This is not a new political struggle.  Okinawans have been on the front lines of the remilitarization of their prefecture since 1945, when the American military took over former Japanese bases and began a decade-long series of seizures (by force) of Okinawan farms and homes, for further base expansion. The ink was barely dry on Japan's pacifist Constitution, when in the early 1950's, Allen Dulles agitated for full Japanese remilitarization. The then Secretary of State wanted a Japanese military of between 300,000 and 350,000 men, to assist in US wars in Asia. Richard Nixon, as vice-president, supported Dulles, stating that Article 9 was a "mistake" while visiting Tokyo in 1953.

However, Dulles and other Cold War hawks were repeatedly thwarted by the majority of Japanese citizens who resisted the call to war (albeit during the sacrifice of Okinawa, which endured direct US military rule until 1972, serving as a major US weapons testing and combat training site during the wars in Korea and Vietnam).  Historian John Dower attributes Japan's pacifist policy to the democratically expressed will of the people, in John Junkerman's 2006 documentary film, Japan's Peace Constitution:
People who remembered what war was really like said, "We can't do this again. We have to cherish these ideals." The government, however, was saying, "Oh, we've got to go along with America." And so you have this split in Japan...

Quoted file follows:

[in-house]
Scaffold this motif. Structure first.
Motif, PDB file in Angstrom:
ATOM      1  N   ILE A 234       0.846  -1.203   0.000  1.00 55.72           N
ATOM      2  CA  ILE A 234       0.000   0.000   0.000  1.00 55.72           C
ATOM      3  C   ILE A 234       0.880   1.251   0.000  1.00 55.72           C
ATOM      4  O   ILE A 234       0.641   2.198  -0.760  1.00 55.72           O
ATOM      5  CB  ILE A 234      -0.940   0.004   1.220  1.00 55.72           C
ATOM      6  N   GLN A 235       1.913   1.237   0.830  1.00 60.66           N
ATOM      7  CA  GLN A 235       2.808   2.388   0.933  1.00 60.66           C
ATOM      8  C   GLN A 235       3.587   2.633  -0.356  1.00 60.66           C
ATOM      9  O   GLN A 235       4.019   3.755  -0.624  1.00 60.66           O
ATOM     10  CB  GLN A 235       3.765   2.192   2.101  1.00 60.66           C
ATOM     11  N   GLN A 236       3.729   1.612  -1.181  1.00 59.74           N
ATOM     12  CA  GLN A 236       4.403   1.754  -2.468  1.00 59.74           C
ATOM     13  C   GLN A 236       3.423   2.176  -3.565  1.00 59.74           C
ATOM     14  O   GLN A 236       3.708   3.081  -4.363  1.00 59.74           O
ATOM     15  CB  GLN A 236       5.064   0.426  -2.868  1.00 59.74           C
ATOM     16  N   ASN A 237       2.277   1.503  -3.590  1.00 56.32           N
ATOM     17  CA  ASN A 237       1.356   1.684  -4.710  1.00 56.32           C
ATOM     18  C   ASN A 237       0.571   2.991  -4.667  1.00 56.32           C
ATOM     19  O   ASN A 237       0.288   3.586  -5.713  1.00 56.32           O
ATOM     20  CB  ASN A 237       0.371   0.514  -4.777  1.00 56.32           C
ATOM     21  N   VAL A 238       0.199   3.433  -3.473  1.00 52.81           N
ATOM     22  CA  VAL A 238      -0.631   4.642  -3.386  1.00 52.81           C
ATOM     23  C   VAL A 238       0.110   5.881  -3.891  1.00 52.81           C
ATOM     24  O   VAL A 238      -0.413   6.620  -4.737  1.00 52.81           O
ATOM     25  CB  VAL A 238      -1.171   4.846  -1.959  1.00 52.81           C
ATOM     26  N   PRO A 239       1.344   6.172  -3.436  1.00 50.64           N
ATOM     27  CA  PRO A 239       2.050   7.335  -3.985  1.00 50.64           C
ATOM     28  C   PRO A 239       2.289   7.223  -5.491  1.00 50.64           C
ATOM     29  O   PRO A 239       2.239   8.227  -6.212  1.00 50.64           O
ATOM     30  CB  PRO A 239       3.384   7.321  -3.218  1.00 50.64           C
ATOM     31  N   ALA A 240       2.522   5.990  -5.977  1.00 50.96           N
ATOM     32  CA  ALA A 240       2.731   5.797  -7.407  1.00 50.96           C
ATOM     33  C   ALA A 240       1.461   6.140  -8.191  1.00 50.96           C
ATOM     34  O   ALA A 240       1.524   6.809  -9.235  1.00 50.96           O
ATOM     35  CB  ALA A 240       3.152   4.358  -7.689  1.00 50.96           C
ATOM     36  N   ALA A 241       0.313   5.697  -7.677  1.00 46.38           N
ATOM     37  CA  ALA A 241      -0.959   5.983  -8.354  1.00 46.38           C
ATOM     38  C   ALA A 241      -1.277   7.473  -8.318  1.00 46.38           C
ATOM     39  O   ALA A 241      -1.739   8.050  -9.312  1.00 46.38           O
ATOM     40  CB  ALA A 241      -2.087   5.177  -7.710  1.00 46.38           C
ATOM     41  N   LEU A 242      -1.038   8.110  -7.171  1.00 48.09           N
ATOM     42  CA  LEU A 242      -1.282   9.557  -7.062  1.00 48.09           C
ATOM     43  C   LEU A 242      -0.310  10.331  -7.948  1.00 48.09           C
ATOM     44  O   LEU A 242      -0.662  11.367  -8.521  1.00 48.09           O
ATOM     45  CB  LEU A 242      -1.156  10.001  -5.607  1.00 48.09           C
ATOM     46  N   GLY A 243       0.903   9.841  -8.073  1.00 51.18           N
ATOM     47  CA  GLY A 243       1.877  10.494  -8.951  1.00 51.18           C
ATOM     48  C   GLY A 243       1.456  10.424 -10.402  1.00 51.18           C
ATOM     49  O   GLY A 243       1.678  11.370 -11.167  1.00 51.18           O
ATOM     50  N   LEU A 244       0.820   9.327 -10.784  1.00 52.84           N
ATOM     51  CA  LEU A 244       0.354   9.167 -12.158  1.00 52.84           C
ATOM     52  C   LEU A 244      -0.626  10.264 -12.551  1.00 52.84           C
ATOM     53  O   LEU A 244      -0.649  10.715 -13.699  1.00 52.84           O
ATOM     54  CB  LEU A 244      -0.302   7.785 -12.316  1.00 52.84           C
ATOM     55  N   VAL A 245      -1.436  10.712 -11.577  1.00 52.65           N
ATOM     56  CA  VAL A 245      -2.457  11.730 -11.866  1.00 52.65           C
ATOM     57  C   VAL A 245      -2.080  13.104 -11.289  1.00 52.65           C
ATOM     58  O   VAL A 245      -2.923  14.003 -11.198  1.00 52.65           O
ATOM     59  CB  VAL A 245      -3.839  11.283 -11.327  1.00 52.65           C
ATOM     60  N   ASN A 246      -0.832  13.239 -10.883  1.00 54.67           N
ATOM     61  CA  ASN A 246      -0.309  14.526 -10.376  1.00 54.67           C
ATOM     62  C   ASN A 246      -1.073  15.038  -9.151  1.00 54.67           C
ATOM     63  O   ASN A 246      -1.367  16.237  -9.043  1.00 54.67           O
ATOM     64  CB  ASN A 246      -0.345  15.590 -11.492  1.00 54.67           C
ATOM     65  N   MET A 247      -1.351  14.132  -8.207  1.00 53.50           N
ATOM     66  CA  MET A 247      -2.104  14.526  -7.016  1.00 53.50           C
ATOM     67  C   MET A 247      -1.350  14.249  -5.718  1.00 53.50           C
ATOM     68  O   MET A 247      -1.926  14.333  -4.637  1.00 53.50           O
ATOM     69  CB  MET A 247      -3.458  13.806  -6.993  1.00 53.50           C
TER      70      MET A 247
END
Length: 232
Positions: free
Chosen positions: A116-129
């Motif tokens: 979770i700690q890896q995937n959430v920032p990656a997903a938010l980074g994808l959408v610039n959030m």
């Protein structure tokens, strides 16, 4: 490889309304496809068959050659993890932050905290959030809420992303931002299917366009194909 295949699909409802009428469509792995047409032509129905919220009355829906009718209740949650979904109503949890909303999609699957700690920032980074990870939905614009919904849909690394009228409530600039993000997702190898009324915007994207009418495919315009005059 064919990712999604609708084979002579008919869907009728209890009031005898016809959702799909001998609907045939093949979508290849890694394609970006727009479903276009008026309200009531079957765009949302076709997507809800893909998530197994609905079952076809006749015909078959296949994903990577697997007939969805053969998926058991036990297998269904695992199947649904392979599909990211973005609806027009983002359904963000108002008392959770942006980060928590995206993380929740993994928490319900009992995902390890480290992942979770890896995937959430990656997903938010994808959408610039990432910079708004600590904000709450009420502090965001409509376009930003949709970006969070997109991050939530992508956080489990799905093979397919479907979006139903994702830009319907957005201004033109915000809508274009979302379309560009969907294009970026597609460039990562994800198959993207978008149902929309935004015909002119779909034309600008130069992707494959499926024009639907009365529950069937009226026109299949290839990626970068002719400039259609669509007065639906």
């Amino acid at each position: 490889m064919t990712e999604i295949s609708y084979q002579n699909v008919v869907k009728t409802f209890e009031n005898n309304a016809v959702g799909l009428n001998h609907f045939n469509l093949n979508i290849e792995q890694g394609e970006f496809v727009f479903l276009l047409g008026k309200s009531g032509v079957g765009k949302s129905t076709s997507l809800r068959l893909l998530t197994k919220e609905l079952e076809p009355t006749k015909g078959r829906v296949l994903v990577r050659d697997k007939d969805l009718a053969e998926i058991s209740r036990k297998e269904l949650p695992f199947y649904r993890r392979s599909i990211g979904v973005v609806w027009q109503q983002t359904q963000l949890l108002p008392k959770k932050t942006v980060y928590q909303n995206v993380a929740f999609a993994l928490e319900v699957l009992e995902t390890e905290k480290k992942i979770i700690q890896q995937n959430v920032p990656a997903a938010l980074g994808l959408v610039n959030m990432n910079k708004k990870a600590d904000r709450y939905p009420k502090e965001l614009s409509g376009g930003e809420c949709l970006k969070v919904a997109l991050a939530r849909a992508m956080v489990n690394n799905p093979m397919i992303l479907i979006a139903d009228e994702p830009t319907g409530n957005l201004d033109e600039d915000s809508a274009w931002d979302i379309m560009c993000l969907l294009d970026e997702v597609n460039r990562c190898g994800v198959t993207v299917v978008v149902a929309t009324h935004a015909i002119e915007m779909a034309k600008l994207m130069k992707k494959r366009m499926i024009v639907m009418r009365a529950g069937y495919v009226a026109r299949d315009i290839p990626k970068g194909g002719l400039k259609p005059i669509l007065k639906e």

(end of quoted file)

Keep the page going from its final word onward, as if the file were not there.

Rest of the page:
In the face of the Japanese citizenry's overwhelming support of Article 9, Japanese postwar governments fell into a gradual, barely noticeable process of chipping away at the prohibitions of Article 9 and growing JSDF capability. According to the Stockholm International Peace Research Institute, Japan now ranks in the top ten countries in the world in military expenditure.

This slow pace shifted when neo-cons wielded control of US foreign policy during the Bush-Koizumi years.  Not only did they instigate the invasion of Iraq, but they also resurrected Cold War tensions in Asia, after a decade of thawing relations between China and Japan. Former PM Koizumi bowed to American neo-con demands to hasten Japan's remilitarization, at the same time he began his controversial visits to Yasukuni Shrine, reopening wartime wounds. During the Japanese neo-con's tenure, he worked to erode the remaining vestiges of Article 9, going as far as to send 1,100 members of the Japan Self Defense Force to Iraq (ostensibly for non-combat support), even though Iraq has never posed a threat to Japan.